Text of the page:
The 105mm f/2.8G ED IF AF-S VR Micro Nikkor Review
Keywords: micro, makro, 105mm, nikkor, lenses, nikon, pma, bokeh
The 105mm f/2.8D AF Micro Nikkor lens has long been a classic choice for 35mm film macro, close-up and even portrait photography. On DX format (APS-C) digital cameras it further expanded its preference among Nikonians. In February 2006, Nikon announced its engineers had further enhanced it. This announcement was just in time for the Photo Marketing Association (PMA) International Show. We had an opportunity to try it at the show in Orlando, Florida. "Further enhanced" turned out to be quite an understatement.
"Sorry for interrupting. Could I try out the new 105mm VR lens on my camera?"
After ungluing his eyes from my Nikonians cap, the demonstrator at the huge Nikon stand counter replied: "Yes", with a huge smile in his face.
"And let me assist you in your test." He handed the lens to me and extracted from his pocket a one dollar legal tender note of the Federal Reserve of the United States of America to hold in front on my camera.
Nikon D2X, 1/100 sec, f/3.2, ISO 250, Center-Weighted metering, SB-800 on i-TTL.
"Now, go for full 1:1 macro"
Nikon D2X, 1/60 sec, f/4.8, ISO 250, Center-Weighted metering, SB-800 on i-TTL, lens switched to manual.
I said "Thank you" after chimping and quickly left for our own booth. Somebody else at the counter said "Man! That was quick!" The attendant: "These Nikonians really know what they are doing". "Good salesman" was my thought.
Back home, I found this to be the upper left corner of the wrinkled bill. It shows splendid resolution and contrast, even when handheld and not so perpendicular to the sensor plane.
You may click on any of the unretouched images for an enlarged view.
Originally written on November 13, 2012
Last updated on January 26, 2021
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User on June 3, 2014
The Nikon 105 is actually a f2.8 however only at distances 10ft and over. As with most macro lenses the closer you focus the more your light drops off and you 2.8 becomes less. At 1:1 you will be around f4 or f4.8. That is the way the lenses work to focus so close. So it isn't a constant f2.8 lens except for portrait work and such. Doesn't matter if you use Tokina, Sigma, Tamron or any such macro...all the same.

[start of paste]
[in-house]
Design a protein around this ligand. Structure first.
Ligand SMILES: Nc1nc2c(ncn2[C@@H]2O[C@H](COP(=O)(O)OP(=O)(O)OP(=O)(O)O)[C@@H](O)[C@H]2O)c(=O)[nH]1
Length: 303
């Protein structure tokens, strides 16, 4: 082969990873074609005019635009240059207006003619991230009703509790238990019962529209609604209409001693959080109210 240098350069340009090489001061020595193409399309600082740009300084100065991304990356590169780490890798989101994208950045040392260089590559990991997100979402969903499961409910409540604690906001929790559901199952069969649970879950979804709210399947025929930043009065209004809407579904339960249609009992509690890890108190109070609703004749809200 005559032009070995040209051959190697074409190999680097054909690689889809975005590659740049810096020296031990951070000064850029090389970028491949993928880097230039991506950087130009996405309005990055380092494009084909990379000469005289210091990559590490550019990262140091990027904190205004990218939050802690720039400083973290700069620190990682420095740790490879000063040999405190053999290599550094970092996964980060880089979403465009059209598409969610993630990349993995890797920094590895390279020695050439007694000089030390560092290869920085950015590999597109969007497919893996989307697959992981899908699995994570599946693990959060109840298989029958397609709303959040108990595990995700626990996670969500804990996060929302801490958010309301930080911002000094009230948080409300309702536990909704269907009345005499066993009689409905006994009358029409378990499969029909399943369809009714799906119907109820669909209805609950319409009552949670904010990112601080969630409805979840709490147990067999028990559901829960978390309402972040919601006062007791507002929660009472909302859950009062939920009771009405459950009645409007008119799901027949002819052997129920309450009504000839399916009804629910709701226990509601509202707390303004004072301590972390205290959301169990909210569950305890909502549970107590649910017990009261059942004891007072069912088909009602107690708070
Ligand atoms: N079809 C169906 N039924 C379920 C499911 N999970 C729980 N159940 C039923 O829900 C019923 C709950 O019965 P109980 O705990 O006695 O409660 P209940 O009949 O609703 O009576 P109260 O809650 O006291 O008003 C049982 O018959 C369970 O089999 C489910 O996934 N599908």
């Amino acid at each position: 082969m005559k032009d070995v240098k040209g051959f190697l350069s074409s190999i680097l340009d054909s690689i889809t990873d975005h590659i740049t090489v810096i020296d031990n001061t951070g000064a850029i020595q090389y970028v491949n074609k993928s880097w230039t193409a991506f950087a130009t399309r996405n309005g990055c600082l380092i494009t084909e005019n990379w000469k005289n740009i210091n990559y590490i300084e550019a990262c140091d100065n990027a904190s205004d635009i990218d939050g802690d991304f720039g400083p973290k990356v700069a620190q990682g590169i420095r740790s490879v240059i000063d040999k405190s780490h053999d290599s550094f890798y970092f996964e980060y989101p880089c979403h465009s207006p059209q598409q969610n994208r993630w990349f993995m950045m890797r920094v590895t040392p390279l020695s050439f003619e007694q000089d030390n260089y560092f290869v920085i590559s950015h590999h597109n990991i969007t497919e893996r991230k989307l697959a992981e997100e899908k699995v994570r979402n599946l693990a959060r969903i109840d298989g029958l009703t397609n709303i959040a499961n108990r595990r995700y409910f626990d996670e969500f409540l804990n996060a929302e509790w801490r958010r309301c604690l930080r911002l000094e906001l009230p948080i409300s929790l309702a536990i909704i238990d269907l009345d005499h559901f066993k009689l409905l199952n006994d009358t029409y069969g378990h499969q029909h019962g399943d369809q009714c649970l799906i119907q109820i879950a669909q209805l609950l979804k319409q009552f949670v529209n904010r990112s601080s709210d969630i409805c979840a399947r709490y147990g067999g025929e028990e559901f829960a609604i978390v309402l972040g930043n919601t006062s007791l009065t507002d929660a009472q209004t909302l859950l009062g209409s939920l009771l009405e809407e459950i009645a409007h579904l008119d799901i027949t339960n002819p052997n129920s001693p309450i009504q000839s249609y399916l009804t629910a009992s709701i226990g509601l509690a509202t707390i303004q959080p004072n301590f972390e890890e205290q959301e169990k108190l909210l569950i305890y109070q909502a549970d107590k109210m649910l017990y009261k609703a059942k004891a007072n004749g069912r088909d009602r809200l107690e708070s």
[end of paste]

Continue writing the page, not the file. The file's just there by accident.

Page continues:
User on June 3, 2014
I studied, reviewed, searched out and tried the Sigma 105mm 2.8 OS macro Tokina 100mm f2.8Macro and the Nikon 105mm f2.8 VR. I have the Tokina 11-16 F2.8 and quite like the lens so leaned that way a lot especially when you see the price. After much soul searching I paid the price and got the Nikon 105. I am very pleased with the lens and feel it is worth the extra price for excellent build quality, VR and internal focusing. The other item is the Nikon lenses always work with future Nikon Cameras without any problems. Third party lenses may not. I am very pleased with the photos I m getting from this lens and am learning to use it more each day. It has become one of my favorite lenses in my bag.
Marcelo Paganucci (mpaganuc) on November 21, 2013
Hi, i have this lens and really outstanding, but i have one question, the max. aperture in my D3s is F 3.0 and not F2.8 is that right?
User on May 21, 2013
Awesome Ruda blossom image, sir! I'm researching the Micro Nikkors, as I may want to start out with either the 40 or the 60...(I don't do insects, so not overly concerned with close focus distance...just sharpness.) Thanks again! Steve
Rick Jobson (Rickjobson) on January 9, 2013
Have just bought the 105 .....first few pics, simply brilliant. Big step up from my old 60mm micro and 55mm manual macro lens.